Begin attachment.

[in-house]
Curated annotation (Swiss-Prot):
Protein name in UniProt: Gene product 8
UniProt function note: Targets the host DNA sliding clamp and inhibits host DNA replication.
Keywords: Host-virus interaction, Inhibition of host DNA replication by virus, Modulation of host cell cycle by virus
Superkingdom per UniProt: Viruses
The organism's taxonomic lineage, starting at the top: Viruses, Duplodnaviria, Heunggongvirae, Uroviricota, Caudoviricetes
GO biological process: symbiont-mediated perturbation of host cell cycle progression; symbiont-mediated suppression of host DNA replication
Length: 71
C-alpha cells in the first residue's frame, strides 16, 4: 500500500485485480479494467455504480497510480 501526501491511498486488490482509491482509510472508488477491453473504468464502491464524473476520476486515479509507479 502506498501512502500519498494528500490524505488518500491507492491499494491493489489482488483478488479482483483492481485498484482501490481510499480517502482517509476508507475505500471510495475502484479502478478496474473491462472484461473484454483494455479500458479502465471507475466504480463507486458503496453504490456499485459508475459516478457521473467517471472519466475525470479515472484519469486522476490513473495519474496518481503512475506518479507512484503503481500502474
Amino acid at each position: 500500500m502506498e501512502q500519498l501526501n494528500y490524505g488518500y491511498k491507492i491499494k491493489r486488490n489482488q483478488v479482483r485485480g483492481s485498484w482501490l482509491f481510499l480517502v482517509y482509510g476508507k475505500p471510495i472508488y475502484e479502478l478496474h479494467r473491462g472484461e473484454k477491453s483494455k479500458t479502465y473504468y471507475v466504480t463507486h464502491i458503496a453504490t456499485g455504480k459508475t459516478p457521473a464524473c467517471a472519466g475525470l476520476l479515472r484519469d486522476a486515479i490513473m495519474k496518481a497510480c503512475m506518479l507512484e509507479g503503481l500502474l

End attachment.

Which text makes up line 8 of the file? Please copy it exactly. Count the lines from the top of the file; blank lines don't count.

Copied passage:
GO biological process: symbiont-mediated perturbation of host cell cycle progression; symbiont-mediated suppression of host DNA replication